What will Thomas Tuchel bring to Chelsea?
Once again, one of Europe's great football coaches is coming to the Premier League by the hand of Roman Abramovich. Frank Lampard couldn't seem to manage the cadre of young stars who arrived in Chelsea's post-transfer-embargo spending spree, so now it's Thomas Tuchel's turn. And there are strong signs that he will make a positive difference at Stamford Bridge.
Tuchel succeeded Jurgen Klopp at both Mainz and Dortmund, and he inculcated a similarly energetic high-pressing style at both clubs, albeit with a slightly more academic bent. But when he replaced Unai Emery at Paris Saint-Germain, he had to put his own stamp on the club. He also had to get the most out of a jumble of high-paid stars, which is the same challenge he faces at Chelsea. So let's take a look at Tuchel's coaching profile during his first season in Ligue 1:
Tuchel had a huge effect on PSG's attacking, adding 0.40 expected goals scored per game versus our expectations based on his players' performances in the previous season. So he certainly got more out of his side when they were on the ball than Emery had in his final campaign. And there was a good chance that he had a beneficial effect on their defending, too, reducing their expected goals conceded by about 0.09 on average in our estimates.
PSG pressed higher and played out of the back much more often than any other side in Ligue 1 in their first season under Tuchel. He gave his fullbacks some flexibility to come inside, and his wingers blanketed the playmaking area on the edge of the final third. His side's shot locations were impressive, with very few chances taken outside of prime shooting areas inside the box and centrally around the "D". They played with high intensity, exploiting their advantages to win points in the second halves of matches before ramping up their defending at about 70'.
After Tuchel had remade PSG, what was left for him to do? Well, it turns out he was able to keep improving them in his second season, too. Here's the coaching profile:
In 2019-20, PSG continued to exceed our expectations. Using their metrics in 2018-19 as a benchmark, the squad still outperformed by a total of 0.19 in expected goal difference per game. The wingers were even more ubiquitous in the attacking half, and shot locations became more concentrated. But there were some signs of fatigue, either mental or physical PSG still pressed extremely high but didn't recover the ball quite as quickly at home. They didn't tighten up their defending to slam the door at the end of matches, either.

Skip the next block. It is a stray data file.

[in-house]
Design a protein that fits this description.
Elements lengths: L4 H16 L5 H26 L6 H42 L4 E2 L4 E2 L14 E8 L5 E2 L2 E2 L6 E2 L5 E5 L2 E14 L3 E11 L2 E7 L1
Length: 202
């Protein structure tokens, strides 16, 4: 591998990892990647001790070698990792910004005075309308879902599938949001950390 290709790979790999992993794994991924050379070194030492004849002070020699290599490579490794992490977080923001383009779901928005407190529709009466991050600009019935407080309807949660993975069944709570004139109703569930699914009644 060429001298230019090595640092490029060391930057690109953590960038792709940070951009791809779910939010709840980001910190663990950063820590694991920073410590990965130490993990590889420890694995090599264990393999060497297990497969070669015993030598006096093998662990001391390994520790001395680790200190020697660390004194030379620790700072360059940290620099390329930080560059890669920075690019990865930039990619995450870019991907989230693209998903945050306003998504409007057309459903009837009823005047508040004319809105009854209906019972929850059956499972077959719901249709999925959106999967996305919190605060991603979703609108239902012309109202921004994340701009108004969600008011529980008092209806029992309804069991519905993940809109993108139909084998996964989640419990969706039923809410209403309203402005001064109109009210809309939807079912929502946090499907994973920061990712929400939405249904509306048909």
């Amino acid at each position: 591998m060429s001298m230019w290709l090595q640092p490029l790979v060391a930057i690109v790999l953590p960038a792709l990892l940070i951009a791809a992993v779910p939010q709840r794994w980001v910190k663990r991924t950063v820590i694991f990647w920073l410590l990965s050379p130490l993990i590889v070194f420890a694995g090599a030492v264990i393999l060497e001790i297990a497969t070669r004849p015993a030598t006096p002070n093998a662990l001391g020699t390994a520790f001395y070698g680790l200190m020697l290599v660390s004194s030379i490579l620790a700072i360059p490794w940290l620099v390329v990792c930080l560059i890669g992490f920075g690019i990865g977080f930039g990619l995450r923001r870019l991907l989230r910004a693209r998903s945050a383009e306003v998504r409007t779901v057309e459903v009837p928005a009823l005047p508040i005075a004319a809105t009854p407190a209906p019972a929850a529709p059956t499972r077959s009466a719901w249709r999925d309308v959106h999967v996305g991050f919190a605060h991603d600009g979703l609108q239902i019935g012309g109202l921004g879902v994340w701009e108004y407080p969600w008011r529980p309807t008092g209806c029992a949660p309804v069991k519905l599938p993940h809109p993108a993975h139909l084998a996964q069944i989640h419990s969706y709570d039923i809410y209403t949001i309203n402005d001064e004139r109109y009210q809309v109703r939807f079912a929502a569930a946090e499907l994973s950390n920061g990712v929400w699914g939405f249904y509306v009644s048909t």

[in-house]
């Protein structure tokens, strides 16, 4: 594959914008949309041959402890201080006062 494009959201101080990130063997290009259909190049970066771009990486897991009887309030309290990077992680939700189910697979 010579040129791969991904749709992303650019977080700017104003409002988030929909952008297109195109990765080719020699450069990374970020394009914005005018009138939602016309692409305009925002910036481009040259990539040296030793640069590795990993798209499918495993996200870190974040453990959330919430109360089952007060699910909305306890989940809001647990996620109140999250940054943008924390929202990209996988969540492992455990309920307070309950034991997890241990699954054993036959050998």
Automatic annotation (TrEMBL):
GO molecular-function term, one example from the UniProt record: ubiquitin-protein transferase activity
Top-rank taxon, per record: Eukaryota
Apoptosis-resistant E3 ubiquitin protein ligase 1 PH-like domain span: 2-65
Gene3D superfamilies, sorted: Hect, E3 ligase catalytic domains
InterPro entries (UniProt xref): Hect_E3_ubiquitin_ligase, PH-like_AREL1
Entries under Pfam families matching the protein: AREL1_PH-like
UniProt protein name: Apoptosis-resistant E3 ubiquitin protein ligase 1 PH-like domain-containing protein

Yet Tuchel wasn't done. Here's what PSG looked like this season until he left on 29 December 2020:
Once again, Tuchel's players were performing better than expected on both sides of the ball. But ball recoveries were now slower in away matches, too, and PSG didn't play out of the back quite as often. His fullbacks had become a bit more adventurous – or perhaps less disciplined? – in their positioning, and shot locations were getting a bit wilder again. The attack got off to a slower start in away matches, too, and results were declining. But we'll say it again: Tuchel still made the whole greater than the sum of its parts.
The Chelsea job may end up being a better fit for Tuchel, too. As at Dortmund, he'll have a chance to get the best out of young players on the verge of their peak years. Being German, Tuchel already have a leg up on Lampard in communicating and relating to Timo Werner and Kai Havertz, whose development stalled under the club legend. He also overlapped for several years with Christian Pulisic at Dortmund, so he'll be well aware of the American's style and potential.
There are many reasons for optimism, not least that Tuchel has all the hallmarks of a great coach in our numbers. The main question is whether he'll be able to keep a collection of big egos in line for more than a couple of years. Of course, at Chelsea a couple of years may be all he gets.
[Photo: Sandro Halank]